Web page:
Whose backyard is Latin America now?
That’s the question that a flurry of leaders seem to be trying to answer on a series of visits to the region this month. Israeli President Shimon Peres began his week-long jaunt to Brazil and Argentina today with the stated purpose to “discuss the Iranian infiltration of the continent, opportunities to strengthen political and strategic ties between the countries, and how to increase economic cooperation.”
He’s right on time. The first state visit by an Israeli president to Brazil in 40 years and to Argentina in 20 comes just weeks before an expected trip by Iranian President Mahmoud Ahmadinejad at the end of this month. Brazilian officials also say Palestinian leader Mahmoud Abbas may visit them this month.
So how did the world’s fifth largest country, better known for samba and soccer stars than nuclear nonproliferation negotiations (to its long-simmering resentment), become a proxy playing field for Israeli-Iranian tête-à-tête?
First, Brazil and Argentina have Latin America’s largest Jewish populations. Second, “Brazil has maintained relations with Iran, even visiting Iran, and that’s been a source of concern not only for Israel but for the United States,” says Chris Sabatini, senior director of policy for the New York-based Council of the Americas. “[Mr. Peres] is trying to reach out to a swing state, if you will.”
Brazil prides itself on an independent foreign policy, leaning neither too close to the US nor to the region’s extreme leftists. For example, Brazilian President Luiz Inácio Lula da Silva defended Iran’s development of a nuclear program for energy purposes in September’s UN gathering in New York. “Brazil has always thought of itself as being a mediator,” Mr. Sabatini adds, “[and] that it’s better to, say, embrace than to isolate.”
The Iranian ambassador to Brazil, amidst the clout of Peres’s visit, spoke up today to defend his host country’s ability to invite whichever world leaders it please: “Today, Brazil is a strong, independent country, and, certainly, this independence does not [allow for] the intervention of other countries,” said Iranian ambassador Mohsen Shaterzadeh, according to the Rio de Janeiro-based daily O Globo.
Argentina: Remembrance of bombings linger
That’s not the Argentine way. It’s taken the opposite tack from Brazil and collaborated more so with the US in isolating Iran.
That’s both because of Buenos Aires’ “large, vocal [and] politically powerful” Jewish population, says Sabatini, and the not-too-distant memories of the 1992 bombings of the Israeli embassy there, which killed 29, and the ’94 car bombing that killed 85 at the Israelite Mutual Association. Argentina accuses Iran of masterminding that attack.
Mr. Peres will preside over a memorial service for the victims of the embassy attack in Buenos Aires.
Iran: Did it build that mosque in Managua?
Iran’s current intentions in Latin America have increasingly come under watch, though whether its proposed projects in the region have been carried out or are largely examples of unfulfilled promises is anyone's guess.
Since Ahmadinejad was elected in 2005, Iran has opened new embassies in Colombia, Nicaragua, Chile, Uruguay, Ecuador, and Boliva – and added ones to Cuba, Brazil, Argentina, Mexico, and Venezuela, according to the Washington Post.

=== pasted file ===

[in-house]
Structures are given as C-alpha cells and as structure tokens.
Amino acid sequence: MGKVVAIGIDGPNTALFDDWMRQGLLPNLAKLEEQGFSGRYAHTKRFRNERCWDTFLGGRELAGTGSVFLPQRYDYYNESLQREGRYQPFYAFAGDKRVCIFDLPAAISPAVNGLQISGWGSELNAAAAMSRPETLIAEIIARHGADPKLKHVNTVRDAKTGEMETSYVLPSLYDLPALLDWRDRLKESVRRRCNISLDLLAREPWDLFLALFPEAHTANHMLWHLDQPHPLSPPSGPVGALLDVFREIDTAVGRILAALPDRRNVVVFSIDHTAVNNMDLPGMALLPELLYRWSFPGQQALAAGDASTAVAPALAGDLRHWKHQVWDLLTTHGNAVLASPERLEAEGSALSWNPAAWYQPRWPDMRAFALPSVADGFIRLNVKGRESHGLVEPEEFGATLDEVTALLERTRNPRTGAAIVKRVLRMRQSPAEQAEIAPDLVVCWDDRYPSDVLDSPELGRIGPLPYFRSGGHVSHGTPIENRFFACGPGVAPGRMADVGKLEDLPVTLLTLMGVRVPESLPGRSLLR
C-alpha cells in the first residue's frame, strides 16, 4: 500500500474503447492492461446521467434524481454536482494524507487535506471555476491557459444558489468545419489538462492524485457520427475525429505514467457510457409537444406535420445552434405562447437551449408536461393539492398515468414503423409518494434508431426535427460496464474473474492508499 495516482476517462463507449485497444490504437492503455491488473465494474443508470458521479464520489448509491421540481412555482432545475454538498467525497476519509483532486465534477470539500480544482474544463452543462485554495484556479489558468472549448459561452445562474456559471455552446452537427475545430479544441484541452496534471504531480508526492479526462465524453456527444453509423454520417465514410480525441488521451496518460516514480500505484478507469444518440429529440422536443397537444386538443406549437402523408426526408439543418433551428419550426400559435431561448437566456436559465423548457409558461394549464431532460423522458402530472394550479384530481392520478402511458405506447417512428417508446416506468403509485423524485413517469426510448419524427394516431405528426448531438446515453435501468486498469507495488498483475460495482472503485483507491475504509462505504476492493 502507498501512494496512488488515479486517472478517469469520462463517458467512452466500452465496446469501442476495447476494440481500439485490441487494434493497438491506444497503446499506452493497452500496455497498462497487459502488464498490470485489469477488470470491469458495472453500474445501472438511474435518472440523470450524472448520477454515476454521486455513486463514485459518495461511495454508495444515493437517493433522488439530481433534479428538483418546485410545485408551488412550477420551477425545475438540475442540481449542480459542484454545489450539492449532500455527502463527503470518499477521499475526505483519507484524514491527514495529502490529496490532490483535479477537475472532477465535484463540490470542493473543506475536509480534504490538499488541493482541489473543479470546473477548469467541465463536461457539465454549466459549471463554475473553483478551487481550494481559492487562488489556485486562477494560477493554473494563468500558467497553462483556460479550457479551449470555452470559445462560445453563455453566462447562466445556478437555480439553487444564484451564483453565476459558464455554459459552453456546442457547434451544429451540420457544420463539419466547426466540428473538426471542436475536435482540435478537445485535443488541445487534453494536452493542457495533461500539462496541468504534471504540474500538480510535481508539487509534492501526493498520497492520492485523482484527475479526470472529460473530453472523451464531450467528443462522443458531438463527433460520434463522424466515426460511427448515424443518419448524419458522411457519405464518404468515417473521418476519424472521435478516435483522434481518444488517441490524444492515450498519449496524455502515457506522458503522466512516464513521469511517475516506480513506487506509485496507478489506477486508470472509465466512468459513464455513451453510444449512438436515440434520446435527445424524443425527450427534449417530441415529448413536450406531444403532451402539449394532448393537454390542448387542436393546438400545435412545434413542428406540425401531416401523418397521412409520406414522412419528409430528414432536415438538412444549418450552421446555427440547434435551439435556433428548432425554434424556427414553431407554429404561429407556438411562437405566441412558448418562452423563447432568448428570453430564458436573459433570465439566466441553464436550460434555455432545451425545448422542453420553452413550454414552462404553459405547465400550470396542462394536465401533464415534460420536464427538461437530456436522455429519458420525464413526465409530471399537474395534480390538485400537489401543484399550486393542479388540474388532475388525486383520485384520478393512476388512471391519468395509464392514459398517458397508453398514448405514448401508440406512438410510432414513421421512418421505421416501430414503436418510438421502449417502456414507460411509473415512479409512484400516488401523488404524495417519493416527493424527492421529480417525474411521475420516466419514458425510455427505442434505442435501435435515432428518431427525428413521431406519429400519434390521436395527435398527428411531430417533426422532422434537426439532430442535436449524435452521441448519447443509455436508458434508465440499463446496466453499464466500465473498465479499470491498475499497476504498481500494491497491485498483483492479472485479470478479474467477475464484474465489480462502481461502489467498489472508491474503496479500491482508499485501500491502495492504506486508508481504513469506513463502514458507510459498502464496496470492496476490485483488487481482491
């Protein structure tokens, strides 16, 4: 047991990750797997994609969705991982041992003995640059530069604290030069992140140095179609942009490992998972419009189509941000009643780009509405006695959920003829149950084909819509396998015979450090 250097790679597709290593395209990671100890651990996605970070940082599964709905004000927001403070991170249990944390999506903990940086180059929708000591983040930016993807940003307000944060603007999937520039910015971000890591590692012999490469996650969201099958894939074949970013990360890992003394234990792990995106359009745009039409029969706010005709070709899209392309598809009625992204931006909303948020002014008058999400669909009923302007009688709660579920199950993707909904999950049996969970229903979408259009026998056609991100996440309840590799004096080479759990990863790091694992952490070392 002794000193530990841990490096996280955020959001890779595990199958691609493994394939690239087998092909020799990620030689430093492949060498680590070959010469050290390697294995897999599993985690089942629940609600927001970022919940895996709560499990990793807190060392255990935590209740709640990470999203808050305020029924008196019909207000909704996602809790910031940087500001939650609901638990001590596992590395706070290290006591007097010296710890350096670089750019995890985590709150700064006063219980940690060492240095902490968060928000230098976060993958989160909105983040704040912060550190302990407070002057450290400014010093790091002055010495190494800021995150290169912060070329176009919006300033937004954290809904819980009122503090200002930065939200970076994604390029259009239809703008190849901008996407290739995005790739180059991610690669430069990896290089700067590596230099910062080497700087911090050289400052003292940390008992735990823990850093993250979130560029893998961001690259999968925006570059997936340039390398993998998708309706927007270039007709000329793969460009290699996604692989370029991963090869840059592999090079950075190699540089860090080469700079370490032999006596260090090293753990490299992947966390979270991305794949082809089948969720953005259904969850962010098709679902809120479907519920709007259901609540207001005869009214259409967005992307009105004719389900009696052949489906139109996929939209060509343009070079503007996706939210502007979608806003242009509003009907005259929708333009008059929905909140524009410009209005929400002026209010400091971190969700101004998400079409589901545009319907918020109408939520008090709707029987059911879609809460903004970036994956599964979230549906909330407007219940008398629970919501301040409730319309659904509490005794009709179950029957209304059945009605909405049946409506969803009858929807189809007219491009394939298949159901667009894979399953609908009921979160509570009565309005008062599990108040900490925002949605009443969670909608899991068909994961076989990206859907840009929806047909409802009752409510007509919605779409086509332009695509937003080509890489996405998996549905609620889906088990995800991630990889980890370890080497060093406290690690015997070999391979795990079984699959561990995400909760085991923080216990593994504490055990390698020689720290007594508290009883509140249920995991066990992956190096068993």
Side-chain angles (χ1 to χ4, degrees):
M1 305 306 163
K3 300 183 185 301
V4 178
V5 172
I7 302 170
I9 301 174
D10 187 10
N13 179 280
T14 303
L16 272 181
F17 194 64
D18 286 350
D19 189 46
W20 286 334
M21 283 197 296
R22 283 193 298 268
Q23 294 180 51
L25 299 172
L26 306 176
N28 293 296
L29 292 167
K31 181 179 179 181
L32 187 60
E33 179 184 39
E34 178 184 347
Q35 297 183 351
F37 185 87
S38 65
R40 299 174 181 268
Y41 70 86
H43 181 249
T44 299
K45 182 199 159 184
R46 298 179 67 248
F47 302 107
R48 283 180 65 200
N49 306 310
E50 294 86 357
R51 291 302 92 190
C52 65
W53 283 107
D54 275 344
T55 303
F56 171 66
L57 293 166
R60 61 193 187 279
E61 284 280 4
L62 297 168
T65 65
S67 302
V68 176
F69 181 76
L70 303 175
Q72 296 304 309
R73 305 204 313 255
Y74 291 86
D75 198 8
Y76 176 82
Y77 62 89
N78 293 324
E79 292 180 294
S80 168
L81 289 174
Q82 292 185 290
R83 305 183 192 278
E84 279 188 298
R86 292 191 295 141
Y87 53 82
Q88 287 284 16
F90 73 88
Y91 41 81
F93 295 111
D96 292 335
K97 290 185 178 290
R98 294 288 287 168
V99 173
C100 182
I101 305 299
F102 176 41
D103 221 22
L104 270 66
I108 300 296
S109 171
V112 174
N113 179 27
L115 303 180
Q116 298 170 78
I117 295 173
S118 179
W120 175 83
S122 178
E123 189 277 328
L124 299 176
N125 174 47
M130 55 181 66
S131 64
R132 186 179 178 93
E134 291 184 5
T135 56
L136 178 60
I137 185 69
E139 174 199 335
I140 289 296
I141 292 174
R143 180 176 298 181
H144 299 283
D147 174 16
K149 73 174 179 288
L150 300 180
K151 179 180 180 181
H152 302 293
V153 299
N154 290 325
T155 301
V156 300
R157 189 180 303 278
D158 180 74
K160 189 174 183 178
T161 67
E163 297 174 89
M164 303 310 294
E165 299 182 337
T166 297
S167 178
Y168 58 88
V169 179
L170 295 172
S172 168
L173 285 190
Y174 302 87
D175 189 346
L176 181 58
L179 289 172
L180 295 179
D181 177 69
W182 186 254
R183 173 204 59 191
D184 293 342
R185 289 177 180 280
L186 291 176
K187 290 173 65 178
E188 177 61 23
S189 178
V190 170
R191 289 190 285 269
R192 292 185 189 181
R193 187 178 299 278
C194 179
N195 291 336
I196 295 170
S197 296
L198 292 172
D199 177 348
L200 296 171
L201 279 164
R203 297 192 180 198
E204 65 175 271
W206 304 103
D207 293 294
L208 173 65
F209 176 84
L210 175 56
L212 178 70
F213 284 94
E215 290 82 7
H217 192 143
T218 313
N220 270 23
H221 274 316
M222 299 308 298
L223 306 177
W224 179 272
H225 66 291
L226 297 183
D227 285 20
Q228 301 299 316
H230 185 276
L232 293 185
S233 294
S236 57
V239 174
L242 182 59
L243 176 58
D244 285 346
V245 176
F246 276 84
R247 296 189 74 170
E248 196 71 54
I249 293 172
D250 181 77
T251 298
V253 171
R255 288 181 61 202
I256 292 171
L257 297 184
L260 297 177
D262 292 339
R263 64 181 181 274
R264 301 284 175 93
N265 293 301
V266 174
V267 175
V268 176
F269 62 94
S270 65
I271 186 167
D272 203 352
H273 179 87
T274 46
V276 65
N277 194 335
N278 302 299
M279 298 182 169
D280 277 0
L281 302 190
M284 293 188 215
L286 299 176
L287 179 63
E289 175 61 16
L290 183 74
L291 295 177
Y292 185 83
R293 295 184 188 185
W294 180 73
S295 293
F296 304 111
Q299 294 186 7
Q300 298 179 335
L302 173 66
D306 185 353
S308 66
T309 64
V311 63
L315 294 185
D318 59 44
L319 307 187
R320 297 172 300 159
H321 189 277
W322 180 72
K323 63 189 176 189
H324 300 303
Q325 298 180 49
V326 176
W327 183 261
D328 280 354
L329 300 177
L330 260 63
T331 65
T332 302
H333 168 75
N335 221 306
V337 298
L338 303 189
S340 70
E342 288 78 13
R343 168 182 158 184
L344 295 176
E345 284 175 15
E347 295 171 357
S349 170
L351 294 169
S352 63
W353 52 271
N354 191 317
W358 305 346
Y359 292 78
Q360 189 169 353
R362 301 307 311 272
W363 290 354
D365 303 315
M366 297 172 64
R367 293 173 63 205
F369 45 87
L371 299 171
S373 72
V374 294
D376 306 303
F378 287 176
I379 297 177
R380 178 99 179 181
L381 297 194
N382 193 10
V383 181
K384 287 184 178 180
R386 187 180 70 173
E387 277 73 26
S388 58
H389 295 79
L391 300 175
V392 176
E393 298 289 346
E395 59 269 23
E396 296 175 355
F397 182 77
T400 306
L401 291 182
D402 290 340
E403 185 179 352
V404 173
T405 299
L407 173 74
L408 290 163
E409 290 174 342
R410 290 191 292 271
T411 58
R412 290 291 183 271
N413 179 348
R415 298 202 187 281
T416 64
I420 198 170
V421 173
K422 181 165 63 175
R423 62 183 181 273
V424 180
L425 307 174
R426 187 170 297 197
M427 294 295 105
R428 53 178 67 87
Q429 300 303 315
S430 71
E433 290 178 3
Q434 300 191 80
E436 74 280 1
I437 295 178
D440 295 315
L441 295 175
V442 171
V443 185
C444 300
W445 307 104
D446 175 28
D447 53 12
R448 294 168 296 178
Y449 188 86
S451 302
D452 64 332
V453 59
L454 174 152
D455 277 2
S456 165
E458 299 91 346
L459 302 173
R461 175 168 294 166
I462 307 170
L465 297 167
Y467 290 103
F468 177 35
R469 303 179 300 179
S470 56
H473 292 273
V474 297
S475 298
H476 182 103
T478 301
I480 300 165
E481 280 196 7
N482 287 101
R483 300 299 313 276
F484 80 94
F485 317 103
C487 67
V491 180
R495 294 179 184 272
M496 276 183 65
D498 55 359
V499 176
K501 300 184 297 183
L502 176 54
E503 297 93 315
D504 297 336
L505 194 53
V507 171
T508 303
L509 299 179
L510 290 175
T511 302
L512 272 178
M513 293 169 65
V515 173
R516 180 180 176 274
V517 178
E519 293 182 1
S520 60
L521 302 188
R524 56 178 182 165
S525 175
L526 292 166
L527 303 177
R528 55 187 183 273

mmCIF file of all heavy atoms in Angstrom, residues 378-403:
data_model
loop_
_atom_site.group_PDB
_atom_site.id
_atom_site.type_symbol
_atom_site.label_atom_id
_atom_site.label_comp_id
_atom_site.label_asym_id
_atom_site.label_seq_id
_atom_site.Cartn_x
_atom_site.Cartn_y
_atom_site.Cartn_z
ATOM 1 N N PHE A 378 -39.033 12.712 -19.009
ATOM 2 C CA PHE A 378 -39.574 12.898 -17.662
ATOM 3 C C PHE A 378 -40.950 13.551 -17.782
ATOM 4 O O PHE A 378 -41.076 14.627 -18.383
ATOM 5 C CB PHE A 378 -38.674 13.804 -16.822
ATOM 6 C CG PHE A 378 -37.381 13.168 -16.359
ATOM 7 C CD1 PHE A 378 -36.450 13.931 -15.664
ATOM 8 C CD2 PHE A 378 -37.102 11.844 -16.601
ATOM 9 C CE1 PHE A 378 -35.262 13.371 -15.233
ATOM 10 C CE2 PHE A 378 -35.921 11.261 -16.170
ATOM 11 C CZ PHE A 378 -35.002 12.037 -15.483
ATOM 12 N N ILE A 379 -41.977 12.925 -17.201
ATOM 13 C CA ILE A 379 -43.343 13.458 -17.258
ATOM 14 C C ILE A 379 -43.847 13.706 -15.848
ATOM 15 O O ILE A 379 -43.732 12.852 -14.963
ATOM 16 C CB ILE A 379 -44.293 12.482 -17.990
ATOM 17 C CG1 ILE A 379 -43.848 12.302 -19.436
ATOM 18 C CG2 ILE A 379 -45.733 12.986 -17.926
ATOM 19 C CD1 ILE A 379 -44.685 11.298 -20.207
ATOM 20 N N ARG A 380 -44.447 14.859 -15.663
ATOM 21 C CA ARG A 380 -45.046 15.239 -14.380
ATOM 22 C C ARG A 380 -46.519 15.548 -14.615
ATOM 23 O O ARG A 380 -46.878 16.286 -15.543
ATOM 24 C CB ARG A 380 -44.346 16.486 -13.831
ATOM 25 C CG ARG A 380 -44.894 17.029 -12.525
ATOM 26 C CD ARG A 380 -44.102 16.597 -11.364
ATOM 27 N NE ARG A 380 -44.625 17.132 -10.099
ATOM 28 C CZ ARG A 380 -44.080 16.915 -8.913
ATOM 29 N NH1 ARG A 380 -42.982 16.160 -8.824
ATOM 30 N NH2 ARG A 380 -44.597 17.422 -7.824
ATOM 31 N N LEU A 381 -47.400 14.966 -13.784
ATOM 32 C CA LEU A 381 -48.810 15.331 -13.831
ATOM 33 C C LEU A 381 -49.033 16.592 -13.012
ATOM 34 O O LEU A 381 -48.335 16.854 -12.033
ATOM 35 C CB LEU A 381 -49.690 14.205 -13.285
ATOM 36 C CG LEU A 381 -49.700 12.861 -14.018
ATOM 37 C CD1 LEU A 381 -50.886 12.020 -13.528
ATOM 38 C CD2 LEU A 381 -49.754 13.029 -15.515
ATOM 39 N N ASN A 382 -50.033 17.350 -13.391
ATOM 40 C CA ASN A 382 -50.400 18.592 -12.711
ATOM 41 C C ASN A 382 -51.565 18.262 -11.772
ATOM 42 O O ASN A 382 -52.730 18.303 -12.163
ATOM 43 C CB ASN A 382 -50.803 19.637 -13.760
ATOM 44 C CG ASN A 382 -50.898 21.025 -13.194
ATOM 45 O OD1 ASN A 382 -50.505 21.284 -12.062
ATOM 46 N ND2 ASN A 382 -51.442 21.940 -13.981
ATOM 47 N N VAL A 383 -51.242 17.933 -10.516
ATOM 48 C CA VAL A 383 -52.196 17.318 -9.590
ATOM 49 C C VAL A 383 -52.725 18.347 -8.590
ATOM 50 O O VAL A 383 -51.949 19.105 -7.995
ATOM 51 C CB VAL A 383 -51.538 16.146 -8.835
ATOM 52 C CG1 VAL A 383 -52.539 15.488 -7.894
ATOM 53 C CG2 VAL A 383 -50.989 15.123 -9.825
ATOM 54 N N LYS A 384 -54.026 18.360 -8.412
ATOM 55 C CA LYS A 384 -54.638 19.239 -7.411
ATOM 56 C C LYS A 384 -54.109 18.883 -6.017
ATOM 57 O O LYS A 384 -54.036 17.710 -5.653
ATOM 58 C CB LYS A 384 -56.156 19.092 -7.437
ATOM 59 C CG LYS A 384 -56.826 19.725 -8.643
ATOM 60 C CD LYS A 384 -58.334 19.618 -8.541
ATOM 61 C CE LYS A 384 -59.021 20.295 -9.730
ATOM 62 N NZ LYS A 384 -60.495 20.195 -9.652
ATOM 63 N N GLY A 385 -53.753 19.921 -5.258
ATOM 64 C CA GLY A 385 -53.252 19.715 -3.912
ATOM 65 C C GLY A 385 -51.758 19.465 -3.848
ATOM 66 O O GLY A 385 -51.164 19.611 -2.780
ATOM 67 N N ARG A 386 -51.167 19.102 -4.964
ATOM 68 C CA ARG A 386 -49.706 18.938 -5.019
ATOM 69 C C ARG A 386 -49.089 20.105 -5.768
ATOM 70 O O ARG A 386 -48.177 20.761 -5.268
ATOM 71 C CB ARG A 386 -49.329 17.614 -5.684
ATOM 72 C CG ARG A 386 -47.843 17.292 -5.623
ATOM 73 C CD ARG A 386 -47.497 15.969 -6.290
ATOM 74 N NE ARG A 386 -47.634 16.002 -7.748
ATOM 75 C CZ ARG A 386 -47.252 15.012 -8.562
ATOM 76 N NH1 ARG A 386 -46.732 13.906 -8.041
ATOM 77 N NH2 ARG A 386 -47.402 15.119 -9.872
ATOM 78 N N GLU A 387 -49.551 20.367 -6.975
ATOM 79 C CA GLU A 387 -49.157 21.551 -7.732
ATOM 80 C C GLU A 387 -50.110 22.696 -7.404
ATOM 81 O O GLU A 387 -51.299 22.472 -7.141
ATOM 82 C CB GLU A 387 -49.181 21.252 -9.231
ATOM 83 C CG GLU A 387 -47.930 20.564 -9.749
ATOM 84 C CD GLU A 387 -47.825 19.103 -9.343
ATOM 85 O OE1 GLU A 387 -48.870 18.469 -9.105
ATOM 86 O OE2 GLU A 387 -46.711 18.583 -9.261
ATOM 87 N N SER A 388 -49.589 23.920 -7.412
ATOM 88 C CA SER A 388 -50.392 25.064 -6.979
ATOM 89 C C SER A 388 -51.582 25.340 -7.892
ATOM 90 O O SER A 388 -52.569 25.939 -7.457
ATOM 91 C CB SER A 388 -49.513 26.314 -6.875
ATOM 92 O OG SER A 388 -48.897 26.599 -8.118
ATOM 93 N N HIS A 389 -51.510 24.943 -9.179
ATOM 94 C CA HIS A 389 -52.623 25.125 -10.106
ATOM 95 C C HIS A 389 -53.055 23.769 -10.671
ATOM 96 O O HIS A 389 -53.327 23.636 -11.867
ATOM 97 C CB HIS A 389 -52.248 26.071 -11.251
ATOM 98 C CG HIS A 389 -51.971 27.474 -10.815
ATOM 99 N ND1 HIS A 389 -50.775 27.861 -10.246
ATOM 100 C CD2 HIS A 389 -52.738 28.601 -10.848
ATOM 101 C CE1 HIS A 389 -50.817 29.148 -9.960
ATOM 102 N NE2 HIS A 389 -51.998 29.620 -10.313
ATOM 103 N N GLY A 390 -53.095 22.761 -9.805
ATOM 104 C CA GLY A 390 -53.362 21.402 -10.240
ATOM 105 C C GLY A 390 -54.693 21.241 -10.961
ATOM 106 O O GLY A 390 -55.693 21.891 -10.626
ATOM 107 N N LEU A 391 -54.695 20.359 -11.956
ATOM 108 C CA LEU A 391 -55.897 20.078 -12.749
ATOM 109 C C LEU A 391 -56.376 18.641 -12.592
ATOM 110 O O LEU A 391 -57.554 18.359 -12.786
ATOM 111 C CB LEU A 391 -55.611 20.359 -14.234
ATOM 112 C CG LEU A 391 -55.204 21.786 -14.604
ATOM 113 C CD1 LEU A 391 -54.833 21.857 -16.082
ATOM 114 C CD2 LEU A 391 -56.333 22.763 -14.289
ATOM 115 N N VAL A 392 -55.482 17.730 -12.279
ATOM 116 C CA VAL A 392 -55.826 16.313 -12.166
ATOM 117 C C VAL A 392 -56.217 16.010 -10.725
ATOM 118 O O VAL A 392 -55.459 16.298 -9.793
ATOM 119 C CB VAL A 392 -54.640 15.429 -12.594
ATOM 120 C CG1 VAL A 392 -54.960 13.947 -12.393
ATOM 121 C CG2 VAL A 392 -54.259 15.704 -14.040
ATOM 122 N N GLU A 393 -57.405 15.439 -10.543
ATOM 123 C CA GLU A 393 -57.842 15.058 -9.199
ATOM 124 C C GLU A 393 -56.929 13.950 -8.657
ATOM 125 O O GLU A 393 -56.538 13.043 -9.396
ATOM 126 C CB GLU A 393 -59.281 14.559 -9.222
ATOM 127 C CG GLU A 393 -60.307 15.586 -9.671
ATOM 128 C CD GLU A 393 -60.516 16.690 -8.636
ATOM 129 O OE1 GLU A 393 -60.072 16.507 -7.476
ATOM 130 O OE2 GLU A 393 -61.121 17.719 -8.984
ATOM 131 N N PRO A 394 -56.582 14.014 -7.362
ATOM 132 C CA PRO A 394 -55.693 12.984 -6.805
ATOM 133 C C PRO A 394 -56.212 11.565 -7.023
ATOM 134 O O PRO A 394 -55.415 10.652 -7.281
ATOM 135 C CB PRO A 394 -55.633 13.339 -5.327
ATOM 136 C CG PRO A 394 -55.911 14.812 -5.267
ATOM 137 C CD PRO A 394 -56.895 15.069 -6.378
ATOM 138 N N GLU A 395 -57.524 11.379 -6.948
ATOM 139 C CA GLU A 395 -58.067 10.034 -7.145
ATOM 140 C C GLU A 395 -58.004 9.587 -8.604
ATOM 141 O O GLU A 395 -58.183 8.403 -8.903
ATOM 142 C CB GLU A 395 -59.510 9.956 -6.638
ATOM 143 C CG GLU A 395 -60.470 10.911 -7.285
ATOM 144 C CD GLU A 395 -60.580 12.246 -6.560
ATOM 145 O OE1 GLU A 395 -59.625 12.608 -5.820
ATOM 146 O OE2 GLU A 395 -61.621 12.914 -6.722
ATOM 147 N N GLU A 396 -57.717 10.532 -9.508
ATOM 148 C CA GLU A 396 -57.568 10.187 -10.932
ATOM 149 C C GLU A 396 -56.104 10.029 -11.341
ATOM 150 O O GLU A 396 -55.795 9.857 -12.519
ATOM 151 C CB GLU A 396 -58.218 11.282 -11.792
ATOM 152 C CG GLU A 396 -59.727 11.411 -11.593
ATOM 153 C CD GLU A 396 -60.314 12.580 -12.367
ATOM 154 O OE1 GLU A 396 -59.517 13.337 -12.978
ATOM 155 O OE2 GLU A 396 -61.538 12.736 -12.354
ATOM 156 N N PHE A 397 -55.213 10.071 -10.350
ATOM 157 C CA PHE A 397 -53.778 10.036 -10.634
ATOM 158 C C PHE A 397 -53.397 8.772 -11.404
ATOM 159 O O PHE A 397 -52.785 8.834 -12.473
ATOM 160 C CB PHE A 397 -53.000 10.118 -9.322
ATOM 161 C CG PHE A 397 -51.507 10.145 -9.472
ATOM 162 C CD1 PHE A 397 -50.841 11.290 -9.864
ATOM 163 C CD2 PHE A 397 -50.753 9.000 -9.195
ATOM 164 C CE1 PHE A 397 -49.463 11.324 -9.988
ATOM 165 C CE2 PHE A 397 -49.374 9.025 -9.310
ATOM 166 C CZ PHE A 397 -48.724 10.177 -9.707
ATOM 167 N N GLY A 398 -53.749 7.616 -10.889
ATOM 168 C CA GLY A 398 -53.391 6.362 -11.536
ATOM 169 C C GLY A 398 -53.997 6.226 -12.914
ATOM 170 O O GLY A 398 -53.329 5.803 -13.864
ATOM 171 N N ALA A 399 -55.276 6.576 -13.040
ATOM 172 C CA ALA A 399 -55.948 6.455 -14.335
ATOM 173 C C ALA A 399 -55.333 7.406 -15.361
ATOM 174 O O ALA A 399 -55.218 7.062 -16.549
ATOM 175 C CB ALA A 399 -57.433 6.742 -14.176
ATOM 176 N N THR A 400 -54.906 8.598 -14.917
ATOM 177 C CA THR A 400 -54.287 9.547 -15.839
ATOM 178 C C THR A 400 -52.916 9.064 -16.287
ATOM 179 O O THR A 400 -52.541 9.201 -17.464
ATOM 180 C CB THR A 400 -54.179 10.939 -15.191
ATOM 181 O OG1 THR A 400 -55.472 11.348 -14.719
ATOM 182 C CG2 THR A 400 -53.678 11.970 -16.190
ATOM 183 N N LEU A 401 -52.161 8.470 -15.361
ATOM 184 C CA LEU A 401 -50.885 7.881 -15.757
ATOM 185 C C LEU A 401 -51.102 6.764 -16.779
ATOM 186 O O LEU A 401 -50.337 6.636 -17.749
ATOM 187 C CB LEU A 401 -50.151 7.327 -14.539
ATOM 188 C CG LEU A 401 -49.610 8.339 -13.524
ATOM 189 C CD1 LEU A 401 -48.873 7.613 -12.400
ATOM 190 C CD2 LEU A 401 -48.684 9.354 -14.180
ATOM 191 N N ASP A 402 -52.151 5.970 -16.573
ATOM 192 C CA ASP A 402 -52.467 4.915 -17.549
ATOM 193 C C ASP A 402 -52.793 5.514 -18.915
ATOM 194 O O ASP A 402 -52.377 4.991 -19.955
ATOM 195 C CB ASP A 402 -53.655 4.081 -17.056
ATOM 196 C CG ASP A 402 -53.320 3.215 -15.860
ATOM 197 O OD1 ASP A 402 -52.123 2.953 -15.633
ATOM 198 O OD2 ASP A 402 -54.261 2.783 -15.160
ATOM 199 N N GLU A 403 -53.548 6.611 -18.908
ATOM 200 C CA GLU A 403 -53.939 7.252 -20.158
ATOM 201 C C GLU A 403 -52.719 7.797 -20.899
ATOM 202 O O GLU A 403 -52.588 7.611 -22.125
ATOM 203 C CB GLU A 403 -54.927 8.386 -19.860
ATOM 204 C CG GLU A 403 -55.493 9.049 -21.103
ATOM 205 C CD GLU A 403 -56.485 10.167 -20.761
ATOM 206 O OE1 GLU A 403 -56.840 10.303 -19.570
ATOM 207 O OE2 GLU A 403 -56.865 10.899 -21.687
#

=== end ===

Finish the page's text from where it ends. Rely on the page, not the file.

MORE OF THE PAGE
But rumors that Iran was building a massive new embassy in Managua seemed to stand up as well as the tottering city has through a history of earthquakes. US Secretary of State Hillary Rodham Clinton said in May: “The Iranians are building a huge embassy in Managua.” But reporters scoured the city and just couldn’t find it. The Post concluded in July that the “mysterious, unseen giant embassy underscores how Iran's expansion into Latin America may be less substantive than some in Washington fear.”
Similarly, a gold-domed mosque that sprung up in Managua in September – Nicaragua has an estimated 300 Muslims – prompted rumors that Iran was providing the dinero. But the treasurer for the body that oversees the mosque denied to the Wall Street Journal that Iran contributed a single córdoba to la mezquita. In fact, he says all they promised was a prayer rug – and it never came.
But Iran’s ideological and political agenda does have more traction in some parts of Latin America – especially with Venezuelan President Hugo Chávez – after Israel's incursion in Gaza. (Latin America’s Jews contend with rise in anti-Semitism: read more here.) Sabatini notes that Iran has a number of investments in Venezuela. There’s talk of opening an Iranian radio station in Bolivia. And Ahmadenijad has traveled to Latin America and met with Chávez several times.
“There’s very clearly [an Iranian] presence in the region,” Sabatini says.
But there’s also clearly pragmatic – not just geopolitical – reasons behind Peres's South America visit. He brought a delegation of 40 managers and business leaders with him, as he will sign a series of economic agreements with Brazil. Close ties with China have helped the Brazilian economy weather the global economic downturn. Brazil's GDP is expected to hit 3.5 percent next year.
Peres will also visit the Rio de Janeiro soccer stadium Maracanã ahead of Brazil’s hosting the 2014 World Cup and 2016 Olympics. The Israel Ministry of Foreign Affairs says the two events will offer opportunities for increased cooperation between Israel and Brazil in, among other things, the defense industry. That's a concern they each know well.